Another impressive example of web design is Sevenhills, a superfood brand that focuses on the fact that nature’s continuations and variety can answer to all of our nutrition needs. The experience is a step-by-step journey of Sevenhills’ quest to achieve the best of superfoods, while respecting the devotion of the people who contribute to this goal. The website uses story-centred design to take the user on an interactive journey on which they can find out every detail of how their product was sourced – to harvest right through to consumption.
From the moment you enter the Di Bruno Bros. ecommerce site, you become completely immersed in the extensive range of products on display. You simply can’t click out and ignore the opportunity to explore cheeses, cured meats and the promise of something new and exciting. Users can browse the endless array of tantalising imagery and click on a picture to get a short preview of each product. This element of discovery mimics the customer experience in store as closely as possible – the interaction is almost sensory.
8. Get Ready
Get Ready is an interactive experience on the streets of Rio De Janeiro. The objective of the creators, Sweet Punk, was to effectively simulate a real departure abroad – to give the user the opportunity to dream of elsewhere in a fun and immersive way. The interactive video is filmed via a subjective point of view. This view – widely used in video games – places the user as the hero of the story. It’s the closest simulation to reality as a real trip, users can take photos, send messages, and interact with people on the screen exactly as if they were there.
9. BBQ Cultures
With captivating photography, engaging videos and sophisticated graphics, the BBQ Cultures website is packed with grand design and interactive features. Created by UncleGrey and Weber, BBQ Cultures is an integrated campaign that celebrates the moments, dishes and traditions that make up the world of barbecuing. It takes you on a visual journey that leads you through five different barbecue cultures across Europe and the effort consists of a series of TVCs that allow viewers to delve deeper into the featured cultures.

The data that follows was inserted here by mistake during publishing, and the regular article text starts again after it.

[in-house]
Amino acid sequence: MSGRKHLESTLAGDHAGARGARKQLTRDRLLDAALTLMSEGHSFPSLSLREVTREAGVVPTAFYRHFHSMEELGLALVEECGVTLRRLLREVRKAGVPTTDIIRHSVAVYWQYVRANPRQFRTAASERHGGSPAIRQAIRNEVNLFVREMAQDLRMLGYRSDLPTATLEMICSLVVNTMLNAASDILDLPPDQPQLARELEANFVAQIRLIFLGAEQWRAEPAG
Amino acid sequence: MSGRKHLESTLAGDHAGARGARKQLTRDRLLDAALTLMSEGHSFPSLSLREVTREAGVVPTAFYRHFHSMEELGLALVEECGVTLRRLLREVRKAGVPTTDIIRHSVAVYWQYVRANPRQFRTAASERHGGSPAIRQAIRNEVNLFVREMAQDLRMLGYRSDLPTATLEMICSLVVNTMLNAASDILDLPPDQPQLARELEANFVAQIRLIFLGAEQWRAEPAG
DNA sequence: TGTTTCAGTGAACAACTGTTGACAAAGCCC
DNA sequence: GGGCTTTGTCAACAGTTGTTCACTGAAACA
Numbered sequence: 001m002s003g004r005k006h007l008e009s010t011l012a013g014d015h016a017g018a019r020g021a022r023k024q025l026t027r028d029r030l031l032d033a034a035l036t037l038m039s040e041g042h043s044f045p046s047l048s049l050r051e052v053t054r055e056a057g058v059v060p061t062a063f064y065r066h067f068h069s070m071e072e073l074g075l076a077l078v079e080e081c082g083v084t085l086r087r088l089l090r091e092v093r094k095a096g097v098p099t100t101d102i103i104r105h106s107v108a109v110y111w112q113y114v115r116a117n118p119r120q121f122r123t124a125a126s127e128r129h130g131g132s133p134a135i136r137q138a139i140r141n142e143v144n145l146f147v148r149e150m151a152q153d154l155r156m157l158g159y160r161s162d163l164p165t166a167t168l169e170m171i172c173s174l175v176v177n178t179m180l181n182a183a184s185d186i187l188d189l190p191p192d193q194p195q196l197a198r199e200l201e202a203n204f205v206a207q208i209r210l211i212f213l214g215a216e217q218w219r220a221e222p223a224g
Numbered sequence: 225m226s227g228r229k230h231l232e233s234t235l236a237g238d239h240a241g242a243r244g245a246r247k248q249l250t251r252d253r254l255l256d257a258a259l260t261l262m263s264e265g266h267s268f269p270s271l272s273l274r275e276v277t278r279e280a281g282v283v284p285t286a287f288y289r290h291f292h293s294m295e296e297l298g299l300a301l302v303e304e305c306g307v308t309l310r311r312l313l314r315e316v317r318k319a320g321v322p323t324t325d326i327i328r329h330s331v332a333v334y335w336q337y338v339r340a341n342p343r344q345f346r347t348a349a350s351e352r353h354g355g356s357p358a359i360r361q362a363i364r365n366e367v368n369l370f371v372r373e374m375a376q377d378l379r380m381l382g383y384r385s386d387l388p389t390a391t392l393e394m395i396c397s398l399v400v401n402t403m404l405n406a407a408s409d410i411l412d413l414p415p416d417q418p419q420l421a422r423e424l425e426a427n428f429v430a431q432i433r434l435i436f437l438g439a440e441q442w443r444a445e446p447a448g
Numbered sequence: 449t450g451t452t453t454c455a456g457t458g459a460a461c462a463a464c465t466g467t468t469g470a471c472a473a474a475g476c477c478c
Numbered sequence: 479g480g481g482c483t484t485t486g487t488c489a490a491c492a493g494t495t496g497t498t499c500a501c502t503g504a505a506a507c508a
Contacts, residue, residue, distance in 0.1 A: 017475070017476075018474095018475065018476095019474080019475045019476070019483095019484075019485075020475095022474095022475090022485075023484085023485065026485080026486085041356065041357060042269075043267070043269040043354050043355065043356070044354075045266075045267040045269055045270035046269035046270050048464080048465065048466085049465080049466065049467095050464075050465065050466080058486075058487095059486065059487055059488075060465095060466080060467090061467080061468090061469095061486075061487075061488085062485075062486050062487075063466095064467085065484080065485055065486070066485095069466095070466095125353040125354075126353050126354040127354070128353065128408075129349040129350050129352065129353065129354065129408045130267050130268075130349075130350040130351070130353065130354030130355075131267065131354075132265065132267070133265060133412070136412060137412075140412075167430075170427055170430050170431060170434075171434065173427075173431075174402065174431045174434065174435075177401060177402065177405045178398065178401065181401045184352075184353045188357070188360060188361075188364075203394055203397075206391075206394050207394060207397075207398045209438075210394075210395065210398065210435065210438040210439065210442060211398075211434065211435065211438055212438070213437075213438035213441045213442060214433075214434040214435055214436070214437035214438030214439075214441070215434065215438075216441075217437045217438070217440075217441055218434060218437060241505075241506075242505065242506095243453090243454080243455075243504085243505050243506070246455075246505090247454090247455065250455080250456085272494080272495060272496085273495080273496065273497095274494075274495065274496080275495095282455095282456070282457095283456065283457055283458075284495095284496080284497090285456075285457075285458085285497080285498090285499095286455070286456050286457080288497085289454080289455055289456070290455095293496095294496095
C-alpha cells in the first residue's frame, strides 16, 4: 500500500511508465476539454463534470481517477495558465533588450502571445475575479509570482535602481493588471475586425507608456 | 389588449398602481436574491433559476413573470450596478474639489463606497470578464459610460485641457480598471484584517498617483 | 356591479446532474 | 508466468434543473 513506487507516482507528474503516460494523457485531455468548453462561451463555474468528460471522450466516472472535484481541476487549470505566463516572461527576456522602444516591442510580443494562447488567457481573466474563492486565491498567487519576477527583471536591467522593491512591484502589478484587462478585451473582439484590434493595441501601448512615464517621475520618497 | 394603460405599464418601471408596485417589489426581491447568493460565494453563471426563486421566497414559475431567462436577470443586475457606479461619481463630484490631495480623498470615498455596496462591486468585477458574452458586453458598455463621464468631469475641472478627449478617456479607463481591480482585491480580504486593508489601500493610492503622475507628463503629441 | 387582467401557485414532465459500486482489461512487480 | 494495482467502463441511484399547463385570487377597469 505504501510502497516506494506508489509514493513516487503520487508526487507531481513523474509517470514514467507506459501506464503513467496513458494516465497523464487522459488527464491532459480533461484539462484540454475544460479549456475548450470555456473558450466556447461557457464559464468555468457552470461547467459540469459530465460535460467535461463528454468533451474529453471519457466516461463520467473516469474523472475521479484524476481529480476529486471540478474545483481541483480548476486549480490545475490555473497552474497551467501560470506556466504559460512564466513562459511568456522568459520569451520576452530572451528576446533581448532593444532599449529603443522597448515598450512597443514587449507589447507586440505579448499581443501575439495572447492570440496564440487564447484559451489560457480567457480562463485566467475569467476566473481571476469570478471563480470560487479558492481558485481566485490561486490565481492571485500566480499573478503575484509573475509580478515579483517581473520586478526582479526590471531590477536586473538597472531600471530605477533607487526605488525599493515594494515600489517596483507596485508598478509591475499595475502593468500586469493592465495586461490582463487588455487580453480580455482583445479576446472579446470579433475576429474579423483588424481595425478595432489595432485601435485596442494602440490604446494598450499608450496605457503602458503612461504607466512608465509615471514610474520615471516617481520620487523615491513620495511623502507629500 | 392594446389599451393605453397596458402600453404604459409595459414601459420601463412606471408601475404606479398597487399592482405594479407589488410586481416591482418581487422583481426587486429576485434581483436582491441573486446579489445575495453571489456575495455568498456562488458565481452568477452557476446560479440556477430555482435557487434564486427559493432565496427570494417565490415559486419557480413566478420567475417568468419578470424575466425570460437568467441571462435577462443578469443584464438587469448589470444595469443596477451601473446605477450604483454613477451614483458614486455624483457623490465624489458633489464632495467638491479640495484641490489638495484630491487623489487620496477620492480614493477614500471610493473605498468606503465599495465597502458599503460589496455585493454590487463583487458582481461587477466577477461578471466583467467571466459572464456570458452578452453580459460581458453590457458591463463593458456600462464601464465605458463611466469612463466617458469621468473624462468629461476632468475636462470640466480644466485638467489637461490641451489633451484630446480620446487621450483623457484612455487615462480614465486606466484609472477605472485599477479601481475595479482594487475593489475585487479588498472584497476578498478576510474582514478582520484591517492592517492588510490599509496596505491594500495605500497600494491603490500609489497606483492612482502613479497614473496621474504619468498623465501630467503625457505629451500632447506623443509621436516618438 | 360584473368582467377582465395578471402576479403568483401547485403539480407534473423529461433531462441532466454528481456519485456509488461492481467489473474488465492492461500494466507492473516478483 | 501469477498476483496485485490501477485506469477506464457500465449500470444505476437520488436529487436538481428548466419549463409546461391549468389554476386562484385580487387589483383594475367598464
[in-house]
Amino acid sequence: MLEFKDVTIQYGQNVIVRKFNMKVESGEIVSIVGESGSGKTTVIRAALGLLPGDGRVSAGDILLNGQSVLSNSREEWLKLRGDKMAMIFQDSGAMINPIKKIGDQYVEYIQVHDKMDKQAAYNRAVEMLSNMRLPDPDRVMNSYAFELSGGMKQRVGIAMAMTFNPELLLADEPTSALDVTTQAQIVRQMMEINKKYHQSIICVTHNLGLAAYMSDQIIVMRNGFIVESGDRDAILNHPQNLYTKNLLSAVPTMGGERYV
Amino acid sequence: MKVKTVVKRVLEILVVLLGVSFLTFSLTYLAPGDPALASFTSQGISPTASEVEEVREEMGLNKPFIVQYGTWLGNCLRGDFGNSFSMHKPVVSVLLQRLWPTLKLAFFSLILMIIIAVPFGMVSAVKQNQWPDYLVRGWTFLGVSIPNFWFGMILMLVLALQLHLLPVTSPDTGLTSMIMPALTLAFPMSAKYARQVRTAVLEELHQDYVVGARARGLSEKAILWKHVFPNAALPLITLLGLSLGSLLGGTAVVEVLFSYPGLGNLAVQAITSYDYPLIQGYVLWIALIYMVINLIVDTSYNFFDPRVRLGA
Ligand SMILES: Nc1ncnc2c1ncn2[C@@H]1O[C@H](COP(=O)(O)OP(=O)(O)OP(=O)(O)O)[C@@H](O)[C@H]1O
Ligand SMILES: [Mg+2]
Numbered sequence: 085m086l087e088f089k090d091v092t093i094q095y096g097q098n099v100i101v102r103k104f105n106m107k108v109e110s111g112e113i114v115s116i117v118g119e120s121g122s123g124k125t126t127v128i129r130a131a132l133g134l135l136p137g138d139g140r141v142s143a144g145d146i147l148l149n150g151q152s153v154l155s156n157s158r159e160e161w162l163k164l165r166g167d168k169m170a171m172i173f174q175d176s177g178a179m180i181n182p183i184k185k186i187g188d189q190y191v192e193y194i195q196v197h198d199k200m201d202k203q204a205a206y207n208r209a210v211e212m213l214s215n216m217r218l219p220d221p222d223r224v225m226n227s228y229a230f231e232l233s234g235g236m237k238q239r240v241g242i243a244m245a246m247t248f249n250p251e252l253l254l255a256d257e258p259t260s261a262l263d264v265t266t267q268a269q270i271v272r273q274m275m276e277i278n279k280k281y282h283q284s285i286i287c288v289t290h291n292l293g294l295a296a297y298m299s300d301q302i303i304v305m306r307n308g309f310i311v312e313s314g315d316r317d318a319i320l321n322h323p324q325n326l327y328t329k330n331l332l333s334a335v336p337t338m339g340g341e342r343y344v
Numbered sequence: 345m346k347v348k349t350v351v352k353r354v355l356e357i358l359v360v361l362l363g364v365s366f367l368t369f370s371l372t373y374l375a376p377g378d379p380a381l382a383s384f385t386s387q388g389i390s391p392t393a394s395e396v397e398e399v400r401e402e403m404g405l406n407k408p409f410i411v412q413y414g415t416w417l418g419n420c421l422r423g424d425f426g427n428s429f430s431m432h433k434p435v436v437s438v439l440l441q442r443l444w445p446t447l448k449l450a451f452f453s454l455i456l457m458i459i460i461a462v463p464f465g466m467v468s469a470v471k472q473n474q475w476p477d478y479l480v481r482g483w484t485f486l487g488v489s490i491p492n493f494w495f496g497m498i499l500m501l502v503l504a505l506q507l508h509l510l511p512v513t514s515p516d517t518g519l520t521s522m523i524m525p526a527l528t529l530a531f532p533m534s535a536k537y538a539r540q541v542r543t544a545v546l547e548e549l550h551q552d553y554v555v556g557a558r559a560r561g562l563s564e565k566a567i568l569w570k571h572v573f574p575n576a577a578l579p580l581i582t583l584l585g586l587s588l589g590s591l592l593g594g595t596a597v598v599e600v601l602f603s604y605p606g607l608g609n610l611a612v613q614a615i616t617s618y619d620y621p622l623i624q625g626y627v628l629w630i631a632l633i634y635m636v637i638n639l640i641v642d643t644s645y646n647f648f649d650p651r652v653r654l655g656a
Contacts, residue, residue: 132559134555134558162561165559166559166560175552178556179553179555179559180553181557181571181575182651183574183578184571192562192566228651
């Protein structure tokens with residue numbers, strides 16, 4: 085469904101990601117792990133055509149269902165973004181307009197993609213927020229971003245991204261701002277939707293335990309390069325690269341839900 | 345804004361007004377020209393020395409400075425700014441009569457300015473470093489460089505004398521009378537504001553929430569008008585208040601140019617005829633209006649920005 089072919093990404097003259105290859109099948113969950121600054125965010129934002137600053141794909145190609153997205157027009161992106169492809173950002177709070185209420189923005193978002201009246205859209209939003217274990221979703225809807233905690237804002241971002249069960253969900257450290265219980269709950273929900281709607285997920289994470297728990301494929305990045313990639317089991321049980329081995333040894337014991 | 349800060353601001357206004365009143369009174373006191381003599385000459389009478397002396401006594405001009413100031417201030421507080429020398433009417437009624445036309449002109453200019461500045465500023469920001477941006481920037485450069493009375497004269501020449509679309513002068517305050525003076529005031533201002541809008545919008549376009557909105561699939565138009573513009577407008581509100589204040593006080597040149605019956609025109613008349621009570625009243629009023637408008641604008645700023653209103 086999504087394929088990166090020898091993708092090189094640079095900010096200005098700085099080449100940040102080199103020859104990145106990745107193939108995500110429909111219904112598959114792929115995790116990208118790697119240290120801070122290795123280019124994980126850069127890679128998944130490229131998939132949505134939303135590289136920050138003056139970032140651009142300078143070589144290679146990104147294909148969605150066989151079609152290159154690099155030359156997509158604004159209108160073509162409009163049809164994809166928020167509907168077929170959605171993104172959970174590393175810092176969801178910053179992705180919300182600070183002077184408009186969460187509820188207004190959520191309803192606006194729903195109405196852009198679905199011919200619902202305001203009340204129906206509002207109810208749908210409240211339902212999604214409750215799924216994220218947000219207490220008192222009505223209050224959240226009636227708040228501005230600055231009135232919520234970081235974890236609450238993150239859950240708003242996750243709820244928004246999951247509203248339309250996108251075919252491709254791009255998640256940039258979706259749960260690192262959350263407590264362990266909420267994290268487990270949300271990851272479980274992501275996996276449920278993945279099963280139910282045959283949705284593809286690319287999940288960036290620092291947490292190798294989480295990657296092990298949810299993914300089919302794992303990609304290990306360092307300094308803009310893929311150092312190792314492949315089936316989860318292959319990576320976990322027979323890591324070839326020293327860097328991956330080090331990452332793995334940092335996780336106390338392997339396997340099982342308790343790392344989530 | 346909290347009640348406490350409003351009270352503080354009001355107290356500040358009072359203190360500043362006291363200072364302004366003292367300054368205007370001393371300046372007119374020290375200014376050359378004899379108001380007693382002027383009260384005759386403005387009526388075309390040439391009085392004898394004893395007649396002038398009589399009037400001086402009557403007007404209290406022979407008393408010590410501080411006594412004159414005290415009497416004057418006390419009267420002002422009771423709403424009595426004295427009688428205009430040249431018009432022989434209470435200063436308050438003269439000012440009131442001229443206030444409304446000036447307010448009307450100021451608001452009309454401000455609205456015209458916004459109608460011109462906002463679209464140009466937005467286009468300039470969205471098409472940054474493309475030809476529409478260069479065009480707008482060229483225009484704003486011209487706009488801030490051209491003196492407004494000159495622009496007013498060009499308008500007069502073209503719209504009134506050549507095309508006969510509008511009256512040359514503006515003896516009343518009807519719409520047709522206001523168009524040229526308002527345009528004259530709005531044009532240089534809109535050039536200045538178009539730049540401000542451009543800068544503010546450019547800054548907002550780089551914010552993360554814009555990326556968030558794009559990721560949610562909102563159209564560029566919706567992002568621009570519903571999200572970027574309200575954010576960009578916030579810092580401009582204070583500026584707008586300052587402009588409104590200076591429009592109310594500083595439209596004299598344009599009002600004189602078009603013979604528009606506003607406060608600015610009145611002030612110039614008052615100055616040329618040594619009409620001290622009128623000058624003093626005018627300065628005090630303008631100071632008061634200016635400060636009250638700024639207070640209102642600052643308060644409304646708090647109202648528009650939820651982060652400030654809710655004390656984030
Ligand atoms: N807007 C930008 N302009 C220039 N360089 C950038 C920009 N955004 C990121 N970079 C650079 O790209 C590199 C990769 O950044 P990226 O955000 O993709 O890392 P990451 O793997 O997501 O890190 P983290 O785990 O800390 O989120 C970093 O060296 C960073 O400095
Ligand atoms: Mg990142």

10. Sanctum Surf
Sanctum Surf’s ecommerce site is characterised by clean design, sharp imagery and easy navigation. When you land on the homepage you are greeted with a centred, high resolution image of a deep, blue ocean, outlined by a decent amount of white space. The cool colour palette is emblematic of everything ocean and surf, whilst the white space allows the design to breathe, giving focus to the range products on display. Sanctum Surf is a perfect example of uncomplicated yet sophisticated ecommerce web design.
As an iconic Australian brand, Driza-Bone’s clothing is all about functionality, timelessness and endurance – and their website is certainly consistent with this objective. Minimalistic in design, the site is composed of a grid structure with strong lines and a muted colour palette, which provide an overall sense of masculinity and maturity. Consistent and straightforward, the site is inviting to the user and simple to navigate.
The key thing to remember when designing a website is how all the elements contribute to the overall experience. Work backwards from your users, then narrow down your options based on what is most visually compelling. Don’t forget to zoom in and out to check the overall visual consistency, and come up for air periodically to evaluate your design from the user’s point of view.